..."the poor horses were also worn out because of the many trips to the cemeteries"...
Otto Muchna's son, Jerry, recalls what his father told him about his involvement in the Eastland Disaster:
"My dad was an undertaker with a funeral chapel on Central Park Avenue near 27th Street on the West side of Chicago. That was the neighborhood where many Western Electric employees lived, so he soon started getting calls to attend to many of the victims. I remember people coming to talk to my dad about picking up someone who had died and arranging for the funeral.
"We had horses and carriages at that time. My dad had to make many trips to the large Shenandoah Garage on Jackson or Washington Boulevard near Damen Avenue. Many of the bodies, if not all, were brought to the garage and held there for pickup. We had so many bodies at the funeral chapel that we did not have enough room for them. The driveway was enclosed and it too was just filled with bodies. My dad took down the large roll-a-way doors from the room where the carriages were washed and used them to hold the bodies. He set the doors on the ground with a box under one end so the body would have the head higher.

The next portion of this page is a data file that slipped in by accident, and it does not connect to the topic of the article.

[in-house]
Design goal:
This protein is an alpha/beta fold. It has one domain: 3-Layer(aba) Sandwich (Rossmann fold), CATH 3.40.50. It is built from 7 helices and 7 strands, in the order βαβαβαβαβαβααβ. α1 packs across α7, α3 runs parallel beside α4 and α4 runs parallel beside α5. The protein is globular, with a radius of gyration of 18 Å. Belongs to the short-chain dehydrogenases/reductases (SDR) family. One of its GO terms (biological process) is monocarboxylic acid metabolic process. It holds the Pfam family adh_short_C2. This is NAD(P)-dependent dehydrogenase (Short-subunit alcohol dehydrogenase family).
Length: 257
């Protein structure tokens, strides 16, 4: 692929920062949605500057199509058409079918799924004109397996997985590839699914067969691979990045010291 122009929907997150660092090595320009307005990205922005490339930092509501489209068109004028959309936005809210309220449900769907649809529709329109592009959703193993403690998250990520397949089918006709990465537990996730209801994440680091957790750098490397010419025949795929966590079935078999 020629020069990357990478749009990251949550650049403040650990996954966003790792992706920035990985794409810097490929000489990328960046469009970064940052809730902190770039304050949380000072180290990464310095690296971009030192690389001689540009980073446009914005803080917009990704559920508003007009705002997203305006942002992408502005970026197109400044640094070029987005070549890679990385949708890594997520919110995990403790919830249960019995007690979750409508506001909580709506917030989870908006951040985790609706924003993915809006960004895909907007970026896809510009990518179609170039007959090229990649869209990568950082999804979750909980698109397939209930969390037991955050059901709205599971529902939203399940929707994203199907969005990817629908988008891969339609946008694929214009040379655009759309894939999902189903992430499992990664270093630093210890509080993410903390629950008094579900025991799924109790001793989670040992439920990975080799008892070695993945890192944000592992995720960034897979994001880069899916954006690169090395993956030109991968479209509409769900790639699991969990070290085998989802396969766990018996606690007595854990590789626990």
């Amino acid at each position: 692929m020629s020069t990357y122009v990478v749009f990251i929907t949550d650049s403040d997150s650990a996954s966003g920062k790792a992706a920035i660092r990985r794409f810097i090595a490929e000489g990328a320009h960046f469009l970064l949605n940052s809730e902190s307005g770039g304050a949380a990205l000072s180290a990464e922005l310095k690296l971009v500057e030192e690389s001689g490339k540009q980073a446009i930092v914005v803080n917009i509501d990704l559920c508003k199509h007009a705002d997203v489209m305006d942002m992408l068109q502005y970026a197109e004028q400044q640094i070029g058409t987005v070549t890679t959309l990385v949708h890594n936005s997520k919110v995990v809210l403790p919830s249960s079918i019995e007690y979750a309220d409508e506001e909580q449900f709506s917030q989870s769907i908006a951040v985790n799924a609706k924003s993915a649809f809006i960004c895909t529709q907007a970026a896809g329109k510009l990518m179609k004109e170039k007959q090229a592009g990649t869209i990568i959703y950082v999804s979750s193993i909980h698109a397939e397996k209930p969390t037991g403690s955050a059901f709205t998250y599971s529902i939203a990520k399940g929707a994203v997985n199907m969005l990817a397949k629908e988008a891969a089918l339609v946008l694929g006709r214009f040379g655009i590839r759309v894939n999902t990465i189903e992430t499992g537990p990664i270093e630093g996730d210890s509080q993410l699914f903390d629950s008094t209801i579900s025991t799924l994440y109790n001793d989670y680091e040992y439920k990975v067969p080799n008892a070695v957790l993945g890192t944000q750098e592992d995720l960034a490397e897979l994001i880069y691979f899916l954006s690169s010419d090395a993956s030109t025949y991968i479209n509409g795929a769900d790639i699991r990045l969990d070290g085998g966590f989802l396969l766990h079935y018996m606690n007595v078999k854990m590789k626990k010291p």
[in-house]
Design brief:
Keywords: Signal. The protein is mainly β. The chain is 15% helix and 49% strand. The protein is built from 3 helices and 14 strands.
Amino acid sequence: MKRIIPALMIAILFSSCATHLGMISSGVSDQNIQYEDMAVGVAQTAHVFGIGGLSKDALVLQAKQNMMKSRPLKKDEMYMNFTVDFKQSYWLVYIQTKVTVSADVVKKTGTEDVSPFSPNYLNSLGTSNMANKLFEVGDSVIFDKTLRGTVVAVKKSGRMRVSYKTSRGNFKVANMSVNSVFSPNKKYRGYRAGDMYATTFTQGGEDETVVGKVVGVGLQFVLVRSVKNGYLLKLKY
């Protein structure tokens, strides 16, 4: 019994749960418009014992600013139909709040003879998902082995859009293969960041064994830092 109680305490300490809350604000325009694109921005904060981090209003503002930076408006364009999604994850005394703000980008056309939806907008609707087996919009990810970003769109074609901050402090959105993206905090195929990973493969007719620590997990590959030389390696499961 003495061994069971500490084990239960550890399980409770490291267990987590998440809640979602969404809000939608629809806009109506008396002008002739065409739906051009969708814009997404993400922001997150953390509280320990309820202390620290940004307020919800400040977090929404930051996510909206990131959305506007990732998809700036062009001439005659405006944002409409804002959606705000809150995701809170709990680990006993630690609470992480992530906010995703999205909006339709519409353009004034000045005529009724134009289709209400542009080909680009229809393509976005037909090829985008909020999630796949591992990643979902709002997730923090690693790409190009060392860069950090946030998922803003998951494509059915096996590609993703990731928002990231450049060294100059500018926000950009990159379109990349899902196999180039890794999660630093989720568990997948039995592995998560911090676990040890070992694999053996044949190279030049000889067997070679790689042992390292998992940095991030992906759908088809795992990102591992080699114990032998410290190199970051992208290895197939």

"My dad did all of the embalming and my mother did the make-up and hair dressing. They worked continuously and were just worn out...it was day and night work for several days. I remember that the poor horses were also worn out because of the many trips to the cemeteries. It took many trips to the Shenandoah Garage to pickup the bodies and then all the trips to the cemeteries which were up to fourteen miles away. My dad would return from the cemetery, embalm and prepare another body for burial. It was just too much work for both my dad and my mother, but they did their best.
"I remember that Western Electric Company paid most of all the funeral bills for all that were lost."